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Report: More Nevada Schools Offering Breakfast

PHOTO: A new report finds more schools in Nevada are participating in the School Breakfast Program, but many students who are eligible are still not benefiting from the federal program. Photo courtesy U.S. Dept. of Agriculture.
PHOTO: A new report finds more schools in Nevada are participating in the School Breakfast Program, but many students who are eligible are still not benefiting from the federal program. Photo courtesy U.S. Dept. of Agriculture.
February 10, 2015

RENO, Nev. - Nevada schools are not showing improvement in the number of lower-income children eating breakfast at school, although more schools are serving a morning meal.

New research from the Food Research and Action Center (FRAC) indicates more than 530 schools were part of the School Breakfast Program during the last school year, and while that number is up five percent from the previous year, fewer children overall were served.

Jocelyn Lantrip, director of marketing at the Food Bank of Northern Nevada, says research shows eating breakfast is critical for student learning.

"Children who are hungry can't learn," she says. "It's so important for children to get the nutrition they need so they can concentrate, and be ready to learn and do well in school."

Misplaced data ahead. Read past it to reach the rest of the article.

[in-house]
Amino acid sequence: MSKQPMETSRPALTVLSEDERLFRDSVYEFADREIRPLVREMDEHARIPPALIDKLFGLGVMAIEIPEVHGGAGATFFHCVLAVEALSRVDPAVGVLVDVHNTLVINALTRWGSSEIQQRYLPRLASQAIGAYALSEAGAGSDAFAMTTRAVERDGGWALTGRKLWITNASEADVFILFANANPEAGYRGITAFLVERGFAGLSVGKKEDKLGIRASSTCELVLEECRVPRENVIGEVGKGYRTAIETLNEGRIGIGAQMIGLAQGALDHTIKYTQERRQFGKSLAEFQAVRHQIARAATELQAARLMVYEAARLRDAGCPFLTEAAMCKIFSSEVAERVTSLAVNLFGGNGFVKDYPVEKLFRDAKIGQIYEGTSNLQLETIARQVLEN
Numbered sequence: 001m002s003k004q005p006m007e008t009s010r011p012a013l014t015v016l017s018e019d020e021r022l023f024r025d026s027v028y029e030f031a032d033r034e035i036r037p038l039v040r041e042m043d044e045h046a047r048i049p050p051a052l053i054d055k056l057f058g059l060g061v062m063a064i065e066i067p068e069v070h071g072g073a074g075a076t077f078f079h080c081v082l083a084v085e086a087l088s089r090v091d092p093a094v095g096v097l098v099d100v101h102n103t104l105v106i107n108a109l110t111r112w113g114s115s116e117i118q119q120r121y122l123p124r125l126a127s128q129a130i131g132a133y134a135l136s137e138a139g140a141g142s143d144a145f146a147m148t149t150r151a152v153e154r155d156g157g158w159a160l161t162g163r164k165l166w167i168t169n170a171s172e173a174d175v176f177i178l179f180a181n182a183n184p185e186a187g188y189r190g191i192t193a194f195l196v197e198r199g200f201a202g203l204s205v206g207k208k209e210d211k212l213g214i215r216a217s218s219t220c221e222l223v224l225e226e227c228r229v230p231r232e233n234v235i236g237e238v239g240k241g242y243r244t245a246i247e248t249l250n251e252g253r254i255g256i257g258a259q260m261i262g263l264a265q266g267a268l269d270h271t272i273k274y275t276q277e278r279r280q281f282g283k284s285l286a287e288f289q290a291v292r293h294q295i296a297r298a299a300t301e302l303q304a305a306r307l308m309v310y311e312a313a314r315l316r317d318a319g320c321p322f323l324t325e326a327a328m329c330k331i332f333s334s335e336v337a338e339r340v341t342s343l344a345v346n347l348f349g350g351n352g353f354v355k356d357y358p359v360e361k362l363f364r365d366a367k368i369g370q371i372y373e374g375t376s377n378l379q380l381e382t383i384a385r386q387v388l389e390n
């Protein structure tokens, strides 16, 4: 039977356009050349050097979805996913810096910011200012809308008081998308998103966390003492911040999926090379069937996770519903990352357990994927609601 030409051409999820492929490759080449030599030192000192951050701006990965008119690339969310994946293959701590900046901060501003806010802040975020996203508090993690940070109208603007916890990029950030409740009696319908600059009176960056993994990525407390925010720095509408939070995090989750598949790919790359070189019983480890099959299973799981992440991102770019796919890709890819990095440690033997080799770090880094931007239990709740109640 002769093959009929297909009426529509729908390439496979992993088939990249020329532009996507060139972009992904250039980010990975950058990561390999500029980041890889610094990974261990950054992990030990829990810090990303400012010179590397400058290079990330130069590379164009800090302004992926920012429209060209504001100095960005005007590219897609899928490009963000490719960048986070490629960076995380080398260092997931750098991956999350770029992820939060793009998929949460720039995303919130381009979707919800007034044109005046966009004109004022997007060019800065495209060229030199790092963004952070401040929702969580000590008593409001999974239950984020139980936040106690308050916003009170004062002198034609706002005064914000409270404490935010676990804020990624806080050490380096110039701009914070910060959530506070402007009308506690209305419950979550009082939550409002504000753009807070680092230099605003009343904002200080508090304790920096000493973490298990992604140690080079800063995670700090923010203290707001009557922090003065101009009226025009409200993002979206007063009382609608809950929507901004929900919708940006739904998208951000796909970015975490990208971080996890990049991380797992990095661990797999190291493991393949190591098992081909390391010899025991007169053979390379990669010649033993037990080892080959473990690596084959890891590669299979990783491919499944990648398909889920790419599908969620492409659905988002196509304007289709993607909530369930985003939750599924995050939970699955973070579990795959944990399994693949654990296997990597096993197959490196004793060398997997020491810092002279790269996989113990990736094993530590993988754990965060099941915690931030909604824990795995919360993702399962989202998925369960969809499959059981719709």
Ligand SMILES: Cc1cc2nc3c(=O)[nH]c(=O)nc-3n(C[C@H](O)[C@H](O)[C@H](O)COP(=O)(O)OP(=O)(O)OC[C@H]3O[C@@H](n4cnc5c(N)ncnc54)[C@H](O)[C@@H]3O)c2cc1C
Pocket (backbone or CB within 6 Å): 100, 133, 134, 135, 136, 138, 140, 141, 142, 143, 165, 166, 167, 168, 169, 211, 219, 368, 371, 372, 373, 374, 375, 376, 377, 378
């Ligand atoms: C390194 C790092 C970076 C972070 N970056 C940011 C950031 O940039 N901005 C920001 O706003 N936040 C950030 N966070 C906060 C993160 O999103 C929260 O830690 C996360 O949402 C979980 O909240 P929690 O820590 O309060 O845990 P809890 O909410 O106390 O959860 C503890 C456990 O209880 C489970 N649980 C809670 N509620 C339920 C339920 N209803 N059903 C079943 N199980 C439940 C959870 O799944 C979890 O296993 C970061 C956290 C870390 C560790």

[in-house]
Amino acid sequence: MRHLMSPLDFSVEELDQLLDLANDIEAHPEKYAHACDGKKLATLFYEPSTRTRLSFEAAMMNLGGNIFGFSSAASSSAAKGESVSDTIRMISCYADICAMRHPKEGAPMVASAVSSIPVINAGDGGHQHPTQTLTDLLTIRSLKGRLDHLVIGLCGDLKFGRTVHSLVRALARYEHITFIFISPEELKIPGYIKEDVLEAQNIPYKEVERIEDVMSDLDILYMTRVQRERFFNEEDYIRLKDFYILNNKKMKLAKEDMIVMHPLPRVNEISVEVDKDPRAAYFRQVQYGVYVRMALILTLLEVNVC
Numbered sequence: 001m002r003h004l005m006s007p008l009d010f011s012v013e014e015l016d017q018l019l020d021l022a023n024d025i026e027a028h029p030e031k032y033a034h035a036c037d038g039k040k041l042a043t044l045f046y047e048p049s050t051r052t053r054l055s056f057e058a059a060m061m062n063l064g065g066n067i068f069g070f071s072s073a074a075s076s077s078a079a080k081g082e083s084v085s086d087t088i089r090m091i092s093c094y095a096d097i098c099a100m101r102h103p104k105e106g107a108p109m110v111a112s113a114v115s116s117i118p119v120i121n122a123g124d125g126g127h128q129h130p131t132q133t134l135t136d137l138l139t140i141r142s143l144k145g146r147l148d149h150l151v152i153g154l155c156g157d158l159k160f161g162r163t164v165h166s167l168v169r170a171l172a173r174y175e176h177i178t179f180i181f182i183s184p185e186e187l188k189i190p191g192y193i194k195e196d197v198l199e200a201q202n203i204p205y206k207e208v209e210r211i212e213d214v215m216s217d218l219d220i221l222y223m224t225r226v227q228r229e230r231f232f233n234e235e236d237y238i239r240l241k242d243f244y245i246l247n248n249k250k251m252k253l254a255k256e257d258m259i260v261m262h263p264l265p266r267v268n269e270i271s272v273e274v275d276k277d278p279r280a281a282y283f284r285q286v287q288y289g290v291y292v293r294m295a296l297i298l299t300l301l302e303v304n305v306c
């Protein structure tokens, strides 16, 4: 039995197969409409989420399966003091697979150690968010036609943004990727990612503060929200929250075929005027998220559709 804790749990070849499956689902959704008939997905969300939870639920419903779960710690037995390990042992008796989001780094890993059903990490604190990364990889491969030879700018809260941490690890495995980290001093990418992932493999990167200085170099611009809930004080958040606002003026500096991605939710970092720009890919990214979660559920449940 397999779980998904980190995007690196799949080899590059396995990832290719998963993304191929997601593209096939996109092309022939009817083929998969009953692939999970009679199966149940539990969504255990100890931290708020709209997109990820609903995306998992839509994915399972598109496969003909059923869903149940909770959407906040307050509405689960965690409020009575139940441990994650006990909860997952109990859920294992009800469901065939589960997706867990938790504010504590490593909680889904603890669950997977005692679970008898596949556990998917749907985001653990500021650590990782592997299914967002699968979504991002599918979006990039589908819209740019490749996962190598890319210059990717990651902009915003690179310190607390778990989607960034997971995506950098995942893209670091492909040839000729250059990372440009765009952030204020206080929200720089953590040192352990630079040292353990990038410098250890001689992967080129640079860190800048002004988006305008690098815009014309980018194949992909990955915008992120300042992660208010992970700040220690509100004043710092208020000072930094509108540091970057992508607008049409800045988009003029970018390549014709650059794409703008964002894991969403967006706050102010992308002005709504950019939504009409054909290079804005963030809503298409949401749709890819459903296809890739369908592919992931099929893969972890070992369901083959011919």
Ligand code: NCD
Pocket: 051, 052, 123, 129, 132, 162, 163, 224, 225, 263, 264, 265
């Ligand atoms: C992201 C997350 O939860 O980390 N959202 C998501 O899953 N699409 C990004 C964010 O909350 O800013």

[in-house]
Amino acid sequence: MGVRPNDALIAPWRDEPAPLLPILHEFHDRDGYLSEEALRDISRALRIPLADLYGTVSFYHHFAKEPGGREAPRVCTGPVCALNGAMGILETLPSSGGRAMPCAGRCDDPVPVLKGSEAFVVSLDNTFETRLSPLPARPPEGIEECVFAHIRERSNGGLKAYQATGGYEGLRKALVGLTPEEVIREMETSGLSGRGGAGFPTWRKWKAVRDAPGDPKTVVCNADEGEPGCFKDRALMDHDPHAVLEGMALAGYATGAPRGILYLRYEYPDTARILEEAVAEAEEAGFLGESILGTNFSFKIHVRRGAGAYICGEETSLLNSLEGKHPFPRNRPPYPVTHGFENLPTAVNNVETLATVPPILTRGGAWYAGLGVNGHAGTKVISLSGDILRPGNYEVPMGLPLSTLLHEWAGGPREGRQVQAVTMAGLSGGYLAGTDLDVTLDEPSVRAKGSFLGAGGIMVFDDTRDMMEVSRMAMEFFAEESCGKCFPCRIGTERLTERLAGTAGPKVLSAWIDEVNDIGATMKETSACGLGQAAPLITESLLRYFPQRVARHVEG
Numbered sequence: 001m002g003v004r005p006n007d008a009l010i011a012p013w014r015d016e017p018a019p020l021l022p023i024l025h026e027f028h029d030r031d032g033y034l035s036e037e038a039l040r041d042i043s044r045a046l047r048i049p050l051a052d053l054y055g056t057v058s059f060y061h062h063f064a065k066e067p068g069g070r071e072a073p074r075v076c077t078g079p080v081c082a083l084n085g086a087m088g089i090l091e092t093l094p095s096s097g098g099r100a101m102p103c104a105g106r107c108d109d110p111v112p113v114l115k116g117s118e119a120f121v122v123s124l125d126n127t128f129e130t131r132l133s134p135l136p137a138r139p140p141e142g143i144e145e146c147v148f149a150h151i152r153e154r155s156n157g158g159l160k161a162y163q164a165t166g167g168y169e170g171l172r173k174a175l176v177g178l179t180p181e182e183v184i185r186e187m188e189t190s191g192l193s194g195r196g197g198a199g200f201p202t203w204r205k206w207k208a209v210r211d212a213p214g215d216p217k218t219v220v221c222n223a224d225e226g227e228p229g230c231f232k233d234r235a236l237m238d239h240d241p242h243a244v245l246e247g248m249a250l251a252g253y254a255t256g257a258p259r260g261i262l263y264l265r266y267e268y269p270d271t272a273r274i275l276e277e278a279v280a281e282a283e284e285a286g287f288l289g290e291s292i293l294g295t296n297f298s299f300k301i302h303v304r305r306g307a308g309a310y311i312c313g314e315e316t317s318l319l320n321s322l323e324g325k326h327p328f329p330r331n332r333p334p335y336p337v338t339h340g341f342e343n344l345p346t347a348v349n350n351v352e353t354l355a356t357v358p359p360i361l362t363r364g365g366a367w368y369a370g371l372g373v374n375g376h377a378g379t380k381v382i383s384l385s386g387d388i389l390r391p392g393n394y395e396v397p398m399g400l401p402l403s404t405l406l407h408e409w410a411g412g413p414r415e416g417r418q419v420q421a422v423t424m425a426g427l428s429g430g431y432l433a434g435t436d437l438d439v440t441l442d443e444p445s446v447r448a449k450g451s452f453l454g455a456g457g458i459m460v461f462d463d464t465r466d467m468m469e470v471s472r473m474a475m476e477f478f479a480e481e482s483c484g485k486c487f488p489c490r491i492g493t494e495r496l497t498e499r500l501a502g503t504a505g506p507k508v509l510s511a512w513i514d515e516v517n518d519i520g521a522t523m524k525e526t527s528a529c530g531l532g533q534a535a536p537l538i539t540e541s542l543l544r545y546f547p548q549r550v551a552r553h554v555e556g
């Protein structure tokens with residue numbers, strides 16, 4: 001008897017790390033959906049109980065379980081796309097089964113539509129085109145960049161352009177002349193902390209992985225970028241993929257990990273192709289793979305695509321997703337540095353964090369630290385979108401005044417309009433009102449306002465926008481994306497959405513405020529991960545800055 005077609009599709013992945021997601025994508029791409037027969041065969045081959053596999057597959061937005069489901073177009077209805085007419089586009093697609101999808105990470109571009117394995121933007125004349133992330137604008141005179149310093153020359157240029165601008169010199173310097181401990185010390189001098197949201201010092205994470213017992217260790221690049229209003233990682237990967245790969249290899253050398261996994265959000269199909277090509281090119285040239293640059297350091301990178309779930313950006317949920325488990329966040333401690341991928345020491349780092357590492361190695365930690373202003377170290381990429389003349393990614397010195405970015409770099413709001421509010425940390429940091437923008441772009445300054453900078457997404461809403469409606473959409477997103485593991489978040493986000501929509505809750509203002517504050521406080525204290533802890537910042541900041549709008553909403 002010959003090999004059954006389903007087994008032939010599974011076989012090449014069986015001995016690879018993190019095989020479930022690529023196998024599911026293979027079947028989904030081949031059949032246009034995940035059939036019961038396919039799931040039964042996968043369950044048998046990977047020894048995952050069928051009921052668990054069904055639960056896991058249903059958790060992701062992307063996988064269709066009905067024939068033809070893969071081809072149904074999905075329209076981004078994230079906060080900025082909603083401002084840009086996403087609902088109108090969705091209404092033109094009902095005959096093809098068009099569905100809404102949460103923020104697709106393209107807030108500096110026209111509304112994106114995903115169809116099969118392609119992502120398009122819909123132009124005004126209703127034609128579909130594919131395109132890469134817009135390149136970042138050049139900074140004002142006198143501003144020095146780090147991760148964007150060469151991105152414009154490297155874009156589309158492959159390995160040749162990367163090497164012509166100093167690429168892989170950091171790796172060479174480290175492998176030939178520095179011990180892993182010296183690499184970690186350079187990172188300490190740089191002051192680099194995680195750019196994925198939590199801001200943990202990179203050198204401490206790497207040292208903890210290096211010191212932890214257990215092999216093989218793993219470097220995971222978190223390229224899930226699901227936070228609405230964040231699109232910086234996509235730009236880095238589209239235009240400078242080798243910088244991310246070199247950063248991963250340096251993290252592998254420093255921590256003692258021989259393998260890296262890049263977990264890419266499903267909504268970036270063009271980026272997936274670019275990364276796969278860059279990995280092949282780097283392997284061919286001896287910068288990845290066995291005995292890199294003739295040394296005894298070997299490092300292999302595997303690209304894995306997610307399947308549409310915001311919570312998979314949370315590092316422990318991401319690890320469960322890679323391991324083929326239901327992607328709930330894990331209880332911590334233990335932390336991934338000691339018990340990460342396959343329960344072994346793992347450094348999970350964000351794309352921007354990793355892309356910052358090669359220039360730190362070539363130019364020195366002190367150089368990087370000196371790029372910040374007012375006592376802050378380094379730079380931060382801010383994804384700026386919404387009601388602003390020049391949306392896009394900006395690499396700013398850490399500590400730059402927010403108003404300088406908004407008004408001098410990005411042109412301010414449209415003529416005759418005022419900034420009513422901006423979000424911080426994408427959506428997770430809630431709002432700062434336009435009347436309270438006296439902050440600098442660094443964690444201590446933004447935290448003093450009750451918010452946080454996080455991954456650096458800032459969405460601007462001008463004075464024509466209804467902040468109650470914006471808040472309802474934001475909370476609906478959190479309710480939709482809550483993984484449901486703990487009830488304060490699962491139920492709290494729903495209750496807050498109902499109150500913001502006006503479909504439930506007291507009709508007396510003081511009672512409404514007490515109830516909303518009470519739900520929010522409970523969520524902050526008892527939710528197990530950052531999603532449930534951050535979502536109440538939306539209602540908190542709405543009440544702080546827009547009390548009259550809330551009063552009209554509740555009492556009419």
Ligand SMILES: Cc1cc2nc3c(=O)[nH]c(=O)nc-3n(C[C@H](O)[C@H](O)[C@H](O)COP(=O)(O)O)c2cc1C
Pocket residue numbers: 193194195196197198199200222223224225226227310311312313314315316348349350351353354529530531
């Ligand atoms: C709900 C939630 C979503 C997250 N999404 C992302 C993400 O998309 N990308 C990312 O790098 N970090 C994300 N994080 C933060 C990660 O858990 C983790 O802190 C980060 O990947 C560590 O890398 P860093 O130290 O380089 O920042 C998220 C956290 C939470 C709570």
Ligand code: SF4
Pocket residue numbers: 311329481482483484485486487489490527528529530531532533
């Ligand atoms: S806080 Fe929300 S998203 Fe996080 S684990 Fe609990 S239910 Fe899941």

Lantrip says more than half of all Nevada students qualify for the U.S. Department of Agriculture-funded program. The states which had the best results were those with schools that serve breakfast in the classroom instead of only in the cafeteria.

Nationally, the report shows more progress. During the last school year, more than 11 million low-income children ate a healthy morning meal each day - an increase of 320,000 students. FRAC President Jim Weill says they compare the lunch and breakfast numbers to gauge how much progress the breakfast programs are making, and are seeing steady gains.

"In the 2013-2014 school year, there were 53 low-income kids eating breakfast for every 100 eating lunch," says Weill. "That was up by 10 kids per 100 over a decade. So we're making real progress, year after year."

However, Weill adds 48 states still have not made FRAC's goal of reaching at least 70 low-income children with breakfast at school for every 100 in the free lunch program. Nevada is one of those states falling short - and is missing out on more than $10 million in federal School Breakfast Program funding as a result.

Troy Wilde, Public News Service - NV